Recently someone broke one of a pair of china cups a loved one had given me. [She threw it out so I gather it was in smithereens.] I still can’t look at its partner without wincing and it’s not replaceable. I wouldn’t in a million years suggest the person try. She felt badly. Breakable things break.

Over years, one guest burned a cigarette hole in upholstery and another broke a Sheraton chair’s back by tipping against the wall on the chairs back legs. Nobody offered to pay and I didn’t expect them to. It’s the cost of having guests and living with upholstered furniture and antiques. If red wine spills on a favorite tablecloth I should have served white wine–so it’s my fault. [With today’s spot removers, so far I’ve done a great job in getting out the stains.]

Do you think that the bride should have presented an invoice for the wineglass and that the guest should pay? Has someone accidentally broken or ruined anything of yours? Then what happened?


Service of Selfish Redux

Tuesday, January 3rd, 2017

Service of Selfish Redux

Here are some new instances to add to the rest previously covered in this blog.

Reflect on This

When I got to the house a few Fridays ago, all four reflective markers astride the two entrances to our driveway were missing. There are so many more expensive things to steal from a property I couldn’t imagine why anyone would take our markers. [They cost less than $3 each.] I mentioned this puzzle to the man at Home Depot in Poughkeepsie who directed me to the markers aisle and he suggested, “You saved someone from making the trip here to get them like you had to.” Markers are essential on our country road as no streetlights alert a driver to the driveway that has a 6-foot high wood fence on either side.

Who knows if he guessed right but gosh, it rang so possible these days and so quickly popped out of his mouth he must have known of other instances of petty theft like this. I hadn’t thought of it. [As the ground is frozen, I had to hammer a screwdriver in it to make a hole to hold each marker.]

Hit and Run

The Home Depot cashier told me what just happened to her daughter’s fiancé. He was driving her daughter’s car, an old one that had taken her years of savings to overhaul when a car slammed into him making him, in turn, crash into the car ahead. The car was totaled. Meanwhile the car that caused the mess dashed away, a hit and run.

Hit and Run–but Stopped

Another cashier, a young woman at Trader Joe’s in Manhattan, told me that she’d been run into by a car in the city and that she was nevertheless lucky on several counts. On impact she flew in the air and first landed on the hood of the car which was softer than the street where she eventually toppled. This driver started to run but witnesses jumped into action. An imposing Puerto Rican man, she said, stood in front of the car with his hands in the air indicating “STOP” which prevented the driver from moving forward while others called the police. [Better news: She said that these days her injured back only twinges once in a while.]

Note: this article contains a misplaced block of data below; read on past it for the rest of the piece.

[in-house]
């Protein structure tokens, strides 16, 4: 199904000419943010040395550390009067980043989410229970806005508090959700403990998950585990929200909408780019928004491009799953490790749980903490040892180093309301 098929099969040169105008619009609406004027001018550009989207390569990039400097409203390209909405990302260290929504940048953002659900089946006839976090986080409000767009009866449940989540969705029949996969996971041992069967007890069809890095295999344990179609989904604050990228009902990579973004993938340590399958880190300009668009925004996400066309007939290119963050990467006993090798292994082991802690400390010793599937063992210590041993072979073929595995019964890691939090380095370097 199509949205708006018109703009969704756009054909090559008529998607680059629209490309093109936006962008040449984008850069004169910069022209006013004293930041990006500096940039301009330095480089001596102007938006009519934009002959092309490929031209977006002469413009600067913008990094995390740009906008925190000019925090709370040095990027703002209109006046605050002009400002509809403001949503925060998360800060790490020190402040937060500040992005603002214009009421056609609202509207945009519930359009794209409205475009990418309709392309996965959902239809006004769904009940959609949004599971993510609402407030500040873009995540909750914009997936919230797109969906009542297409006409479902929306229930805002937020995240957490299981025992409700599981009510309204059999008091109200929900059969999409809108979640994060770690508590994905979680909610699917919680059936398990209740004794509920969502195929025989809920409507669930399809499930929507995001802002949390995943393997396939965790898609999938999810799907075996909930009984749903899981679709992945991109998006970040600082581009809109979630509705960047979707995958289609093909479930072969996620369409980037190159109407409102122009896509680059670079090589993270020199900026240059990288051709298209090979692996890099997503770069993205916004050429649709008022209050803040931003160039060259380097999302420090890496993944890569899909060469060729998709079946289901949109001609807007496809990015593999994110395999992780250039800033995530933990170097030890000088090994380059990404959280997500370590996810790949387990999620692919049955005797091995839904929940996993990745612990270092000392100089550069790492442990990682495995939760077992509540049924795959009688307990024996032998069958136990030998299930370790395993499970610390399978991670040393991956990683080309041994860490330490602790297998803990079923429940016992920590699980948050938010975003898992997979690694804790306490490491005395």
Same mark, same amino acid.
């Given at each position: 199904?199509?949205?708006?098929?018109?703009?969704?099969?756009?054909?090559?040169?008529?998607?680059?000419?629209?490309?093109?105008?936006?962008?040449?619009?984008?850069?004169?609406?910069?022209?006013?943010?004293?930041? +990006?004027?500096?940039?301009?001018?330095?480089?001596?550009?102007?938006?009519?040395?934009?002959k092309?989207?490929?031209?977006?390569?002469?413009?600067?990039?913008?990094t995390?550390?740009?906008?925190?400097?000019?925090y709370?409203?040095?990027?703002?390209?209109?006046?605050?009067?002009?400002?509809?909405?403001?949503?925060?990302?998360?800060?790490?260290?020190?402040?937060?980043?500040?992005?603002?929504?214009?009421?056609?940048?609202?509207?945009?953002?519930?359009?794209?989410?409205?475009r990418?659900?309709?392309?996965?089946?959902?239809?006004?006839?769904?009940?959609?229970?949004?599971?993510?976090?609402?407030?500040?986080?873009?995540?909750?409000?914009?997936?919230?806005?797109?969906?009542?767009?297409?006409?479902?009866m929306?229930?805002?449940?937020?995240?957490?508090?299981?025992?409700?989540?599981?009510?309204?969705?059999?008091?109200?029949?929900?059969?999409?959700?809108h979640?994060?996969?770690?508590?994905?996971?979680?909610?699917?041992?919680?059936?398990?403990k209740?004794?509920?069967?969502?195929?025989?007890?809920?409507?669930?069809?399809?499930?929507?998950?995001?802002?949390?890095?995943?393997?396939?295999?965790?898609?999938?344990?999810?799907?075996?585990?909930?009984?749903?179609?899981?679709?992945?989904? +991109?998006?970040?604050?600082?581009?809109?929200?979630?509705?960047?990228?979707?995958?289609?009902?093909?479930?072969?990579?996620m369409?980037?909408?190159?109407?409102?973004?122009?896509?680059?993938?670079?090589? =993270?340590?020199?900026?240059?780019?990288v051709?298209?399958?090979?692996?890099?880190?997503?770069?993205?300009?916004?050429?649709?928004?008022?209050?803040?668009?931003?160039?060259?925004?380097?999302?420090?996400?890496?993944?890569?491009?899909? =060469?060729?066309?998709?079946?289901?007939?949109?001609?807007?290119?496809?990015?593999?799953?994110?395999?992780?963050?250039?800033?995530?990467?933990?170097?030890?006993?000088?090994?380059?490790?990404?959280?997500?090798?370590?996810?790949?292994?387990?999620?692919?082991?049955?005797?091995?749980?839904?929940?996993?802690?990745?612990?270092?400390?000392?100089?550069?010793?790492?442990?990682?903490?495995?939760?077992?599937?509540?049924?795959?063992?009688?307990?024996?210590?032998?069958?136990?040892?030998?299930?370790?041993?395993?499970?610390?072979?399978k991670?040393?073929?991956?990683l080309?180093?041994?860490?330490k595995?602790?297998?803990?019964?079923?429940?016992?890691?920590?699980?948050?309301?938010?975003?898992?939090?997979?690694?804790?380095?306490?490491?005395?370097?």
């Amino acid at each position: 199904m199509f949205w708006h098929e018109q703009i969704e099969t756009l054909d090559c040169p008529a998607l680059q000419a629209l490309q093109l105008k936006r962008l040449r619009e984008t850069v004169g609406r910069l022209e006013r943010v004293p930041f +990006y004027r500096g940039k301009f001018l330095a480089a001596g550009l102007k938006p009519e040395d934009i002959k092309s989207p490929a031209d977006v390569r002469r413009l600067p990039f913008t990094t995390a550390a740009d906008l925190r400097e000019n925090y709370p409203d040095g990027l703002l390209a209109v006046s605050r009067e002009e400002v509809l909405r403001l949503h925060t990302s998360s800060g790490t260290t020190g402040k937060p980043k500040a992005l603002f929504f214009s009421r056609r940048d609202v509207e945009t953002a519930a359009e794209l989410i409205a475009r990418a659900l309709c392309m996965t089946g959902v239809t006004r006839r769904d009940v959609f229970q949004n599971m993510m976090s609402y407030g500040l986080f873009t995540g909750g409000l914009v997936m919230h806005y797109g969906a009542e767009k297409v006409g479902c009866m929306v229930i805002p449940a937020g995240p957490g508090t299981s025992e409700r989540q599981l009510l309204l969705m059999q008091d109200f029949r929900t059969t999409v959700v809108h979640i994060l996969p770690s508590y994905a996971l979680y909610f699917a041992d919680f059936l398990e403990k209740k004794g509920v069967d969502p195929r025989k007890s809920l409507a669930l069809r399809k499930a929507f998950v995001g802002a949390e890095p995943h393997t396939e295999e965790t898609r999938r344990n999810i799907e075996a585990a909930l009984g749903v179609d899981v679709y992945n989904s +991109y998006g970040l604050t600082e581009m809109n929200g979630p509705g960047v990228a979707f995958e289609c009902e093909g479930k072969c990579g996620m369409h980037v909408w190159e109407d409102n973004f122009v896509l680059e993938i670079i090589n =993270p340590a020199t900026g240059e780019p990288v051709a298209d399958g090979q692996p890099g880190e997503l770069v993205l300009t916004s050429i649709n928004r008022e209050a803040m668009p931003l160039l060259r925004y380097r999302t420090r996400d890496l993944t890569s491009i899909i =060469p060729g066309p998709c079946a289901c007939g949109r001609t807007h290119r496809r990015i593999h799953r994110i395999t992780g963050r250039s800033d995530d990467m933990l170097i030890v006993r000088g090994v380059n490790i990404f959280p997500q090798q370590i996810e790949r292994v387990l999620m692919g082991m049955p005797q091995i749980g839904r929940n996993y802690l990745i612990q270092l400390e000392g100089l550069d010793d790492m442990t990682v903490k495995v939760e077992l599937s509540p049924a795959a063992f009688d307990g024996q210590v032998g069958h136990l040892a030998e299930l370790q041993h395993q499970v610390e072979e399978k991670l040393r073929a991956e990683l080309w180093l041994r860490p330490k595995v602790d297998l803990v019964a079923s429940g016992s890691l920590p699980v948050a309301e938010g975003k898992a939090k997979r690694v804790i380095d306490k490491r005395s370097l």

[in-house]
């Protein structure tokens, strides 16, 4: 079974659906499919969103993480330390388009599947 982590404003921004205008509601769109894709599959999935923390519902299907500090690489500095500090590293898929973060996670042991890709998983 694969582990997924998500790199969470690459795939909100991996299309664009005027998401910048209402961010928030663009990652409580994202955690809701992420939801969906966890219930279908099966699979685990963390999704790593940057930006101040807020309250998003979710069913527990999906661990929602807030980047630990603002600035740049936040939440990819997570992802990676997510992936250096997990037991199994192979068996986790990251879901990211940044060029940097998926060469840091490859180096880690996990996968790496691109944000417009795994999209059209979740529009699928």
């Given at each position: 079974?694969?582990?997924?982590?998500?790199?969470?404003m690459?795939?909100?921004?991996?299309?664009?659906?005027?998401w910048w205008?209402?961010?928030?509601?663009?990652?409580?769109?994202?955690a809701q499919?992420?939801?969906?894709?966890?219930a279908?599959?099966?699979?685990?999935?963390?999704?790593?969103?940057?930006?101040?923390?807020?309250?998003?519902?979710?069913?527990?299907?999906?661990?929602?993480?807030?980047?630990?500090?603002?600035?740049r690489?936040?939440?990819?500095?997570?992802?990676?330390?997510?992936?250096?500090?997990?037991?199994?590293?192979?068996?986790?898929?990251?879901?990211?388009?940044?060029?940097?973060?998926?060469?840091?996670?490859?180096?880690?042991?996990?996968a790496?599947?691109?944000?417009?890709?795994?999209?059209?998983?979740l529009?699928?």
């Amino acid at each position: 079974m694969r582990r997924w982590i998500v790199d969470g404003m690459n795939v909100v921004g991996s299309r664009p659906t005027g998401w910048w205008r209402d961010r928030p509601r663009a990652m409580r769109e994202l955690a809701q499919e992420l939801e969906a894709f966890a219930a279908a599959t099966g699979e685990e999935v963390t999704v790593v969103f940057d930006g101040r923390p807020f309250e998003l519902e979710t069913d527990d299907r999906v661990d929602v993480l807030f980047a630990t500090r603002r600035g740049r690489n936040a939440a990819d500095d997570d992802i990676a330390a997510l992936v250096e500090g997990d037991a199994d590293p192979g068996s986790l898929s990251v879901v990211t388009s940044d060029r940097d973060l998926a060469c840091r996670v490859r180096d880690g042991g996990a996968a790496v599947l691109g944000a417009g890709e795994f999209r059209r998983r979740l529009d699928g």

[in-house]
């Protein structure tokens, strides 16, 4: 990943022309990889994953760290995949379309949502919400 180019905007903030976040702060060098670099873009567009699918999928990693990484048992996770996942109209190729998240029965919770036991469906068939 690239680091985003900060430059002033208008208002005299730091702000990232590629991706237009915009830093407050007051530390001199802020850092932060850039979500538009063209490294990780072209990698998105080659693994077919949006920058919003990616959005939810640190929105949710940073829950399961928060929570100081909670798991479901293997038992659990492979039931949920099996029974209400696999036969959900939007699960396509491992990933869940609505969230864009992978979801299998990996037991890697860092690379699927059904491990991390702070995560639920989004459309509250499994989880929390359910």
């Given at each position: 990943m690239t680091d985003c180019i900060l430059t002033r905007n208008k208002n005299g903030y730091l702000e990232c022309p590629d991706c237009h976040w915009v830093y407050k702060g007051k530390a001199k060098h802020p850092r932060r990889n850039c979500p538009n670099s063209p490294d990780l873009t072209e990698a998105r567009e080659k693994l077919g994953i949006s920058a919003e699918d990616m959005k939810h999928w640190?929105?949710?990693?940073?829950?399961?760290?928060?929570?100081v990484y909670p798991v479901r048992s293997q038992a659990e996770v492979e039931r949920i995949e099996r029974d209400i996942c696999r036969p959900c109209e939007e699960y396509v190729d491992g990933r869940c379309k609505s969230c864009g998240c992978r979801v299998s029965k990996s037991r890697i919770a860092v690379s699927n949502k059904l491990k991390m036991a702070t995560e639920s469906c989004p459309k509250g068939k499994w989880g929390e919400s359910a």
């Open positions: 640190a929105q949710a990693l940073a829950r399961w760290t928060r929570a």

“What’s yours is mine,” is nothing new to those who turn to theft for a living or because they don’t have time to buy what you own and they need. As for the drivers in the hit and run instances, I can imagine how frightened they must have been, especially the man who ran into the young girl. How might we dust off and refresh the Golden Rule to help people override natural tendencies?

Service of Road Rage

Thursday, July 21st, 2016

Can't Speed Poster turned

I recently got a speeding ticket—my first–so I now follow limits to the letter, much to the irritation of drivers behind me. I want to print a sign for my rear window that explains that I must dawdle [an example above] as according to the AAA Foundation for Traffic Safety survey, I’ll surely hear about it. “Gesturing, honking and yelling at other drivers were significantly more prevalent in the Northeast,” wrote Joan Lowy for the Associated Press.

According to the 2,705 licensed drivers queried in 2014, [just published], in addition to yelling and honking, drivers said that they cut off others and the AAA Foundation reported that about 8 million did worse: “bumping or ramming a vehicle on purpose or getting out of their cars to confront another driver.” Lowy also wrote that 104 million—half of all drivers—tailgated and “about 1 in 4 drivers said they had purposely tried to block another driver from changing lanes, and nearly 12 percent reported they had cut off another vehicle on purpose.”

An indication of aggressive driving, wrote Lowy, is speeding and running red lights, which the National Highway Traffic Safety Administration reports is involved in two-thirds of crash deaths, over 35,000 last year.